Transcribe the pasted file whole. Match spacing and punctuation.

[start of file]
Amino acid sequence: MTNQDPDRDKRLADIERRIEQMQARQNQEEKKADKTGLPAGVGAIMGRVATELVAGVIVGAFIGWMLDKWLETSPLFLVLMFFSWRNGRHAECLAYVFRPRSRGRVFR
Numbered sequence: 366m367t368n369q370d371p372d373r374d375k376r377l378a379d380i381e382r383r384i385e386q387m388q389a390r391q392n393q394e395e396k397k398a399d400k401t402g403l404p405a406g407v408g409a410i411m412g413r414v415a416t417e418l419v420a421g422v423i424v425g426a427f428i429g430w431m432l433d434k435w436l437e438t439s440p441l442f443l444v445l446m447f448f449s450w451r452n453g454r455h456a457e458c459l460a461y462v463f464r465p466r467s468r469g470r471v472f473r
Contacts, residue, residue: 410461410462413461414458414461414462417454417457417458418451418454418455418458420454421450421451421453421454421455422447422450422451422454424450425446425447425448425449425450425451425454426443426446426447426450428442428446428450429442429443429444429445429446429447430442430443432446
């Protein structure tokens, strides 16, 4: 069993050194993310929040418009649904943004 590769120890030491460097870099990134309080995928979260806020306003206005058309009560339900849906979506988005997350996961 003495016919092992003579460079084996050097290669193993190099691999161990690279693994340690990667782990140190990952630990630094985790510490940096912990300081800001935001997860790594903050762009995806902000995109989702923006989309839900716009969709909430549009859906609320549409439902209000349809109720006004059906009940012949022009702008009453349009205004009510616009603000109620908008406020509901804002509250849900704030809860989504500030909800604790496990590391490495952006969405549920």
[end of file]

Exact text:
Amino acid sequence: MTNQDPDRDKRLADIERRIEQMQARQNQEEKKADKTGLPAGVGAIMGRVATELVAGVIVGAFIGWMLDKWLETSPLFLVLMFFSWRNGRHAECLAYVFRPRSRGRVFR
Numbered sequence: 366m367t368n369q370d371p372d373r374d375k376r377l378a379d380i381e382r383r384i385e386q387m388q389a390r391q392n393q394e395e396k397k398a399d400k401t402g403l404p405a406g407v408g409a410i411m412g413r414v415a416t417e418l419v420a421g422v423i424v425g426a427f428i429g430w431m432l433d434k435w436l437e438t439s440p441l442f443l444v445l446m447f448f449s450w451r452n453g454r455h456a457e458c459l460a461y462v463f464r465p466r467s468r469g470r471v472f473r
Contacts, residue, residue: 410461410462413461414458414461414462417454417457417458418451418454418455418458420454421450421451421453421454421455422447422450422451422454424450425446425447425448425449425450425451425454426443426446426447426450428442428446428450429442429443429444429445429446429447430442430443432446
């Protein structure tokens, strides 16, 4: 069993050194993310929040418009649904943004 590769120890030491460097870099990134309080995928979260806020306003206005058309009560339900849906979506988005997350996961 003495016919092992003579460079084996050097290669193993190099691999161990690279693994340690990667782990140190990952630990630094985790510490940096912990300081800001935001997860790594903050762009995806902000995109989702923006989309839900716009969709909430549009859906609320549409439902209000349809109720006004059906009940012949022009702008009453349009205004009510616009603000109620908008406020509901804002509250849900704030809860989504500030909800604790496990590391490495952006969405549920």